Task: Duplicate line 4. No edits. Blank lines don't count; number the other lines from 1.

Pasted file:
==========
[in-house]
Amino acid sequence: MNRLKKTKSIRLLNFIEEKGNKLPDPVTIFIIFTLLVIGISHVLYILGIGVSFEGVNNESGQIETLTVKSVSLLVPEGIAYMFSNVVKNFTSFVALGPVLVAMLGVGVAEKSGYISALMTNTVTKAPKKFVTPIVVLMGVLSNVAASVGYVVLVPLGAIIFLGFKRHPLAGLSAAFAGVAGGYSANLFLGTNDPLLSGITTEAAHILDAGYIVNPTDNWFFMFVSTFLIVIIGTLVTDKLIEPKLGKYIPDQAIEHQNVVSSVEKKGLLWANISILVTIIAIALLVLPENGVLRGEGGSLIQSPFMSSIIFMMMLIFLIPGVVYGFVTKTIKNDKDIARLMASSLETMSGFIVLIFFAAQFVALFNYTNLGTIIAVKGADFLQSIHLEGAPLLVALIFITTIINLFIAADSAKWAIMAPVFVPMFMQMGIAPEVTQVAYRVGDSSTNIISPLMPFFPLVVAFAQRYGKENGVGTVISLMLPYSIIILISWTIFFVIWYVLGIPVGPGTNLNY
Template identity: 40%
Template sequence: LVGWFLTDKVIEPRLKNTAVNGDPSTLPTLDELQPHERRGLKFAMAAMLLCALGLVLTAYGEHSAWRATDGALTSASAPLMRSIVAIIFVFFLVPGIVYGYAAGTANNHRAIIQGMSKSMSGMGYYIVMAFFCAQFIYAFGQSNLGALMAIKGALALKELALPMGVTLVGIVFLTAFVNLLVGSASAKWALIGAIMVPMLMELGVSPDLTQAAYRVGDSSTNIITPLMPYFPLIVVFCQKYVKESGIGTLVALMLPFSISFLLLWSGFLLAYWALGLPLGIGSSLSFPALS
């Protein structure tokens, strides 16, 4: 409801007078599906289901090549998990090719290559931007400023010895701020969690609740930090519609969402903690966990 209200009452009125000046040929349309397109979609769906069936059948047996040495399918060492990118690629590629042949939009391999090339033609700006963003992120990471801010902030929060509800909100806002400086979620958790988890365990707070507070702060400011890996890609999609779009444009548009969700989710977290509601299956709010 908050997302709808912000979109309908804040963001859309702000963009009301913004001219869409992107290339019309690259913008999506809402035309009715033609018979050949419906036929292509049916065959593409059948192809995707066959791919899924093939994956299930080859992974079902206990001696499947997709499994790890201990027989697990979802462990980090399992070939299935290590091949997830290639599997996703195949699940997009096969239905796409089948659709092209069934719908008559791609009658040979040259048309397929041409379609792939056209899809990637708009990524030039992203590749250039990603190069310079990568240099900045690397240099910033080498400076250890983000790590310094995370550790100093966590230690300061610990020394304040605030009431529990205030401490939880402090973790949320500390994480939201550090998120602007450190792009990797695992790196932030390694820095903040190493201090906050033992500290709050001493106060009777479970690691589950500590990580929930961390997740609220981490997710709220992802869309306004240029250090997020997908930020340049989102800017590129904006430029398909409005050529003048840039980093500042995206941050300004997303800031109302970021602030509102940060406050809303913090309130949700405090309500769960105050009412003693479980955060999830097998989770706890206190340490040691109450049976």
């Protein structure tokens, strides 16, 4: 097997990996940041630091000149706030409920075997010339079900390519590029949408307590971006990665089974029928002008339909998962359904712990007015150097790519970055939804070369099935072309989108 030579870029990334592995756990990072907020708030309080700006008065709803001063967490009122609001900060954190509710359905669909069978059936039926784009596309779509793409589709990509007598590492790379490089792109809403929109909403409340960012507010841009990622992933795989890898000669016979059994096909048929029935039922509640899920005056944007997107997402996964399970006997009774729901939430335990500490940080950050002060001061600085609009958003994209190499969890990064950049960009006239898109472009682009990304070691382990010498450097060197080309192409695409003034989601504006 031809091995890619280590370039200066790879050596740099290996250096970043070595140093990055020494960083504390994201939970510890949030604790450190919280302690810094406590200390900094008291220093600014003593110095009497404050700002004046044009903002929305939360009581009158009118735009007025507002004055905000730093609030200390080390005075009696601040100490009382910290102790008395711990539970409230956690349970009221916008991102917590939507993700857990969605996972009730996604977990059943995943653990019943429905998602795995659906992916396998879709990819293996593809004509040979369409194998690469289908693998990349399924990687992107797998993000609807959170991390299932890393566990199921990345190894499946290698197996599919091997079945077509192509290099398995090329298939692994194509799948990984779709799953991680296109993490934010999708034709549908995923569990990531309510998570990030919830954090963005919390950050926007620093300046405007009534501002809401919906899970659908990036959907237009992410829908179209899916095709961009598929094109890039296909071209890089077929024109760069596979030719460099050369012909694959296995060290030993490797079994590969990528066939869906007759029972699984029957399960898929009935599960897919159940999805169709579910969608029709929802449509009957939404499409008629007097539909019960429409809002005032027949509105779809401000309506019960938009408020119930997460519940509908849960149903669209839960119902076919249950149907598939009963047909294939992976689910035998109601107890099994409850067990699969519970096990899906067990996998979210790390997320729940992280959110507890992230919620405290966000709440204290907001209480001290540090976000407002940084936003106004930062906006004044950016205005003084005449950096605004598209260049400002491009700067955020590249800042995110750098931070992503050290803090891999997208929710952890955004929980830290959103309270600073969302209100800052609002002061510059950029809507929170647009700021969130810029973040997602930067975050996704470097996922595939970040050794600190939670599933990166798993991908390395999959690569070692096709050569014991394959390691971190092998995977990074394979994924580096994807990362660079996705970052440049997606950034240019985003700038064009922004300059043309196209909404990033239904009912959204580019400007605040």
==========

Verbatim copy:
Template sequence: LVGWFLTDKVIEPRLKNTAVNGDPSTLPTLDELQPHERRGLKFAMAAMLLCALGLVLTAYGEHSAWRATDGALTSASAPLMRSIVAIIFVFFLVPGIVYGYAAGTANNHRAIIQGMSKSMSGMGYYIVMAFFCAQFIYAFGQSNLGALMAIKGALALKELALPMGVTLVGIVFLTAFVNLLVGSASAKWALIGAIMVPMLMELGVSPDLTQAAYRVGDSSTNIITPLMPYFPLIVVFCQKYVKESGIGTLVALMLPFSISFLLLWSGFLLAYWALGLPLGIGSSLSFPALS